“When I first got involved with the YMCA in 1985, I felt an immediate connection with what the YMCA did and stood for; locally, nationally and internationally,” says Alison Worthington.
Having moved from Lancashire to London to work for a bank, Alison was looking for a place to live in the capital. Having previously worked for a YMCA Summer Camp in the USA and lived at a YMCA in New York City, she thought: why not do the same here?
A place to belong
“At YMCA Wimbledon, I felt a sense of belonging. It was a place for everyone – one vibrant and diverse family consisting of both members and residents, with young workers and students coming from all over the world,” she says.
Alison only lived in the hostel for a short time before moving on, but continued to be a member and a volunteer. In 1987, she joined the Board of Directors where she still today – 27 years later – continues to be as engaged and passionate about the YMCA as ever.
“I feel proud and privileged to still be part of this Association,” she says. “Giving back is as important to me as eating or breathing and I feel that I have a lot to give and contribute.”
Supporting young people
When not volunteering her time on the YMCA LSW Board, Alison heads up the student Advice Team at Goldsmiths University of London, a position she is thrilled to hold because as she says, “it marries my previous HR experience with my passion for helping young people to develop and progress in life.”
As one of only a handful of women to serve on the Board for YMCA Wimbledon (this was before the merge between the south west London YMCAs), Alison admits that it was tough at first. “I hardly said anything during the first two years,” she says.
Protecting the legacy of YMCA
Today, however, Alison sees her role on the Board as the link between the past and the future, bridging the values and visions from the YMCA Wimbledon that she first came in contact with in the mid 80’s, with those of the YMCA London South West of today and the future.
“As a Board member I see myself responsible for that legacy and heritage of the YMCA,” she says.
“I see my role as that of preserving the values, ethos and beliefs of those visionaries I first met when I came to the YMCA, and putting them into practice in our work today. If I only do one thing on this board, it should be to safeguard that legacy.”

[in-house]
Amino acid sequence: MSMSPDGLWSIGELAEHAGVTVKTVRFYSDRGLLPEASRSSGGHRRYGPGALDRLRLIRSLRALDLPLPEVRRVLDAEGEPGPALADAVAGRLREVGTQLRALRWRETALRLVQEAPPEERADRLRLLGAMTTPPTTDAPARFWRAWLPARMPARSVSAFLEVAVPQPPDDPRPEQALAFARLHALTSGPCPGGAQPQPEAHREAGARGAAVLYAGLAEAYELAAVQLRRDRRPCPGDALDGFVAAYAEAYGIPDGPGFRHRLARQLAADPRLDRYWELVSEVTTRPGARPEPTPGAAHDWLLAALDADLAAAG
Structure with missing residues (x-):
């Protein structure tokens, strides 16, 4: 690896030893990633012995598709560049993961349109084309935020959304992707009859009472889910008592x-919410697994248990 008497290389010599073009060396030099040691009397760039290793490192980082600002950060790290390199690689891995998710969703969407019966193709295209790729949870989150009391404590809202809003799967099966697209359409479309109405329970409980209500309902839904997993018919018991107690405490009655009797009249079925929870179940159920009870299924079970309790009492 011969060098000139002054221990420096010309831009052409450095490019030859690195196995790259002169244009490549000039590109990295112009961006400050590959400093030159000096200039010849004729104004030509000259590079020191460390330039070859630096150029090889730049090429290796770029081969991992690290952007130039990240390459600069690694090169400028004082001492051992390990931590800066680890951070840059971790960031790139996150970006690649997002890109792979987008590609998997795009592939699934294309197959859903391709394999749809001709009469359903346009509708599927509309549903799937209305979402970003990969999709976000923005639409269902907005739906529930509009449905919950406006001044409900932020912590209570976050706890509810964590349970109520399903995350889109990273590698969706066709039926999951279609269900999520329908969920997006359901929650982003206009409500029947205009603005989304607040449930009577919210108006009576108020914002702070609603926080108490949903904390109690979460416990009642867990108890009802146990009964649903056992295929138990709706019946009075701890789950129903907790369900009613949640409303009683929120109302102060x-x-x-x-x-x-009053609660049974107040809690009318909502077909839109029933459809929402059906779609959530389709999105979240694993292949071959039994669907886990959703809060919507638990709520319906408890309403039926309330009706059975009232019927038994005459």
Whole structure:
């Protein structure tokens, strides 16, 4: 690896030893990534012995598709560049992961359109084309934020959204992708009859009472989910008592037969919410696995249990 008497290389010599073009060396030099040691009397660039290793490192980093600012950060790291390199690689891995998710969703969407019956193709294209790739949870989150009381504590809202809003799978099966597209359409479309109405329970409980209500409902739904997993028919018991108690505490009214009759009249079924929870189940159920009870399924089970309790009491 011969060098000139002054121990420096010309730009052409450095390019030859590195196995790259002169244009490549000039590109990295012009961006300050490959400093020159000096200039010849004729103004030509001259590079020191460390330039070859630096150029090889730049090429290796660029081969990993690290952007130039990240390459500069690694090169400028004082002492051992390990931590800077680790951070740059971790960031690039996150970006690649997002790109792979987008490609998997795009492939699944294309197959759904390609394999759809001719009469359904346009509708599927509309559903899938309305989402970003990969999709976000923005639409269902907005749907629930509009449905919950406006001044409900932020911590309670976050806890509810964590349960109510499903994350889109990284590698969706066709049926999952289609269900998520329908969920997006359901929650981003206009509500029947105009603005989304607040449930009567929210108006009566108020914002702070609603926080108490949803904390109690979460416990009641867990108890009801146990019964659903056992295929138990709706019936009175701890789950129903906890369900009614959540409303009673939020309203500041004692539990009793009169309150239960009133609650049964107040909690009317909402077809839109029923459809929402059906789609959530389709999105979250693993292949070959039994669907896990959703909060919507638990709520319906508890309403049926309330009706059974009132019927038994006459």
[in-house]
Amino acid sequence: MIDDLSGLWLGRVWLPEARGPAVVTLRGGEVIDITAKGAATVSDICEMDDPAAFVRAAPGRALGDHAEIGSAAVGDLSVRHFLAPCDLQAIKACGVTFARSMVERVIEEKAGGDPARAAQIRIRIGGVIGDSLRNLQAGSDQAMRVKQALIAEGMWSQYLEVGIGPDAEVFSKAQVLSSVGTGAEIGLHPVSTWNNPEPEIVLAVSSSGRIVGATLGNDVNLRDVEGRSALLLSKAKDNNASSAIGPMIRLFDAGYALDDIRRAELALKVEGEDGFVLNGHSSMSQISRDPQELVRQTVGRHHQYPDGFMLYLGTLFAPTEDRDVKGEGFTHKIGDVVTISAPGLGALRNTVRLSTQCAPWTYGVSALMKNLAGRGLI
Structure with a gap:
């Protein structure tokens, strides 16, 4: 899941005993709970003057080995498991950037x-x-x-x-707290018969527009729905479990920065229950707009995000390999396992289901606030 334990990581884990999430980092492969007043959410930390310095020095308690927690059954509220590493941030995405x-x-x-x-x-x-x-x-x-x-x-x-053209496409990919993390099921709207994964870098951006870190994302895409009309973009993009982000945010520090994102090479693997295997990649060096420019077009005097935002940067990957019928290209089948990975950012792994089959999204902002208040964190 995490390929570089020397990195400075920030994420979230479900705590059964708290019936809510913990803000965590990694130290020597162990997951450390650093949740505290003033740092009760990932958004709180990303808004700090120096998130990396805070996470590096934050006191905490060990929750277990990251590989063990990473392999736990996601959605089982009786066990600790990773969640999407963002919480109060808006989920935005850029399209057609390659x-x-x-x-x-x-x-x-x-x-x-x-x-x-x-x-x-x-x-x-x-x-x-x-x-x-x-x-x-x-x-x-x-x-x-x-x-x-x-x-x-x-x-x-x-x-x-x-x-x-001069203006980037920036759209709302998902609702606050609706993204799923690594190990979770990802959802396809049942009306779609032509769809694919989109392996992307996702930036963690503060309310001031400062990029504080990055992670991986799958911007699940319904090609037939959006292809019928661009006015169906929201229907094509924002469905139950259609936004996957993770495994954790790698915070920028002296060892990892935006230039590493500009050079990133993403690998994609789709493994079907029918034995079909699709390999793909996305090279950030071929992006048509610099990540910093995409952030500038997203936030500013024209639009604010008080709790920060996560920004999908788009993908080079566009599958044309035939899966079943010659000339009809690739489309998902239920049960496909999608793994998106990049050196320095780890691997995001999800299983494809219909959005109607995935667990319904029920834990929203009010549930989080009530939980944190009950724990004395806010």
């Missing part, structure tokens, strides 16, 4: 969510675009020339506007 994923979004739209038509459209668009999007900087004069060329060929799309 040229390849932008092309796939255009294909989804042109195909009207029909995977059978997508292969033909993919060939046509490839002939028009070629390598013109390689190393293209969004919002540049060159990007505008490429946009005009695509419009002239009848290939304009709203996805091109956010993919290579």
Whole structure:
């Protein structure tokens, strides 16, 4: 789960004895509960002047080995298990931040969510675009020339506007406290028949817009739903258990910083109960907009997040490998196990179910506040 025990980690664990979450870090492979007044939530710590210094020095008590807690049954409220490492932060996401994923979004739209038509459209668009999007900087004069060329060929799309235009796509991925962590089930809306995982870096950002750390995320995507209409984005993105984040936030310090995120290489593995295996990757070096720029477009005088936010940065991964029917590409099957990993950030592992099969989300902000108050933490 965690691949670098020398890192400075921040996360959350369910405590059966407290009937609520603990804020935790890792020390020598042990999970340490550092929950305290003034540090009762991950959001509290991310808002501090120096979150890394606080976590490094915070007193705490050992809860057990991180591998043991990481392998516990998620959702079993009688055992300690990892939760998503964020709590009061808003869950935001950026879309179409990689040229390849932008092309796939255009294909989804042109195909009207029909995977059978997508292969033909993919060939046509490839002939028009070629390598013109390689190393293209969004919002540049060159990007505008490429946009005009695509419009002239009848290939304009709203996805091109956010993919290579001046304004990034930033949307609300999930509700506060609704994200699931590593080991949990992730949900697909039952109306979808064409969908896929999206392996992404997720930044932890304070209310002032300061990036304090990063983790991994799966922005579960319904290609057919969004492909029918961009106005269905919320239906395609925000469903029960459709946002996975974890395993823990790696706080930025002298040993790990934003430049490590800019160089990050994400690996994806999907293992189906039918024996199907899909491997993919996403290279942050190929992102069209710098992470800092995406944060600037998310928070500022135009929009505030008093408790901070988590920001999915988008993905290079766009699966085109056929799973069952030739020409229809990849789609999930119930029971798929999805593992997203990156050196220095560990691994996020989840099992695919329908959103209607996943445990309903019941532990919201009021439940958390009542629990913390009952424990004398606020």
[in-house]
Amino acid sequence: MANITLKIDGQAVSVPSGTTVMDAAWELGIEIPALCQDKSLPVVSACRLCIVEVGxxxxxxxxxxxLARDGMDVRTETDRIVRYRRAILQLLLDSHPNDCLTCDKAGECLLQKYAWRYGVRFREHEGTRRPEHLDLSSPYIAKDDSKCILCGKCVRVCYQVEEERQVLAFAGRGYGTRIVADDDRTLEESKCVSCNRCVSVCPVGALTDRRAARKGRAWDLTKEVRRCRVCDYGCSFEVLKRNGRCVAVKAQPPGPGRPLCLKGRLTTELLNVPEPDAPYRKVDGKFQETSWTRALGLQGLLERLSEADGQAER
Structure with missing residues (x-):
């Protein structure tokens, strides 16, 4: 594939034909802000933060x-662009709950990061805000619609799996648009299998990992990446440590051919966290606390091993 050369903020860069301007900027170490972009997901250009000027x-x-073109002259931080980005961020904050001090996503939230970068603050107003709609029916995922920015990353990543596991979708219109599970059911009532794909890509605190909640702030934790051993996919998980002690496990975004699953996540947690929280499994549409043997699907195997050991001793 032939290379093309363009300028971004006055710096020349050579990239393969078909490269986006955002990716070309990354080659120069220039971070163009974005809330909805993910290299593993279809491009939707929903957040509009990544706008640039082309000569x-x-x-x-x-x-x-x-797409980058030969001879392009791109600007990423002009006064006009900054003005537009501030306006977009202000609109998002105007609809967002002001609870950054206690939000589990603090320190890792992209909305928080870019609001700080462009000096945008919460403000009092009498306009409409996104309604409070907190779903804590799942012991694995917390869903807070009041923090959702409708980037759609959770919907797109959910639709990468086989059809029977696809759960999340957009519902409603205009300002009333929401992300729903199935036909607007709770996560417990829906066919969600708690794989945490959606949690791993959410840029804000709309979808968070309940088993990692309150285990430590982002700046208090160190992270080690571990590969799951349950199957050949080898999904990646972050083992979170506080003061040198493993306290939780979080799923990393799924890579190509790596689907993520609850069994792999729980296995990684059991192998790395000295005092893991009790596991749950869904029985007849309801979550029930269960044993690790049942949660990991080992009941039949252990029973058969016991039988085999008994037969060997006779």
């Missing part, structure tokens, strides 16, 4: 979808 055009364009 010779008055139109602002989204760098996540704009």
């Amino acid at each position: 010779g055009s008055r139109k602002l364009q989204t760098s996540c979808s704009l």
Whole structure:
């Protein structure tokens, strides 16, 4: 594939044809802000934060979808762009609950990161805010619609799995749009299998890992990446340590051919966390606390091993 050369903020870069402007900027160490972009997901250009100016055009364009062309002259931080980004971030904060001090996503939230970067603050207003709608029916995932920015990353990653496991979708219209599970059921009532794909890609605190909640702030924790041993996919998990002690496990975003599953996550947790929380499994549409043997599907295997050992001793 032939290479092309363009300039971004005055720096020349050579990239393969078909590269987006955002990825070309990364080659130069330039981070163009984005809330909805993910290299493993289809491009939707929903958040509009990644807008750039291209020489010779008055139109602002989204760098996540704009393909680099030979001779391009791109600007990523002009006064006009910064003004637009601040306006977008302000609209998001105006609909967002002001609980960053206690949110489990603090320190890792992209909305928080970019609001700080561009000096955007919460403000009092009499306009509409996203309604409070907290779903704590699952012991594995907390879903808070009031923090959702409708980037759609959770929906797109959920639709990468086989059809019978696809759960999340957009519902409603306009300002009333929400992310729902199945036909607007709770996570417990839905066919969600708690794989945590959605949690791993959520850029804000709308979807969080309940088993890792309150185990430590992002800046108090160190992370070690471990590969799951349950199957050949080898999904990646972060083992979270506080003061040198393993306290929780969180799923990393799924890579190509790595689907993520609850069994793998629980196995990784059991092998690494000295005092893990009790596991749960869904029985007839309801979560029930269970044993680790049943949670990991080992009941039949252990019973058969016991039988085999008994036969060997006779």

The visionaries Alison are referring to, are W.J. Saunders and John Holmes, general Secretary and Chairman of the Board respectively, whose service to the YMCA spanned more than 30 years from the late 1950s to the late 1980s.
“W.J. Saunders and John Holmes taught me the importance of having principles and putting that into action in your daily life,” Alison explains.
“Their values and beliefs were behind their actions, decisions and ideas of how you should live your life. They put their faith into practice and that’s what the YMCA is all about.”
Come together in fellowship
It was Saunders and Holmes who encouraged Alison to join the Board. “Saunders recognised and nurtured something in me, which he also did for other people,” Alison says. “He was like a mentor.”
One of the things Alison values the most from her almost 30 years on the Board, is the friendships she has made, not least with W.J Saunders, who passed away some years ago, but also his family with whom she is still in touch with.
“Some of my best friends are people I have worked with or met through the YMCA,” Alison says.
She highlights the good relationship between the Senior Management Team of YMCA LSW and the Board, and especially finds it valuable and useful to spend some time together.
“I think it is really important to come together in fellowship. Going away helps us stay focused and having time to get to know each other in a nice, calm and contemplative environment, and I do find I come away from it feeling renewed and recharged.”
More relevant than ever
Although the times have changed, Alison feels that “the YMCA is more relevant today than ever”.
“The world has changed since I first got involved with the charity, but we have responded to those changes and continue to meet people at their point of need. I think we are doing exactly what she should be doing. Whether it is a playscheme, youth work, our housing services, senior programme or something completely different, we are here in the heart of the community and deliver services that are relevant within that community”.
Housing has always been a YMCA issue close to Alison’s heart. She is passionate about supporting young people to live independent, but not isolated, lives. For her, as so many others, the launch of Y:Cube has been a real highlight of the last year.
“In 1985, YMCA Wimbledon was considered a landmark and a milestone in how to provide housing services to young people. Today, we feel that way about Y:Cube. The services may change and look different, but the ethos and values of the YMCA remain the same”.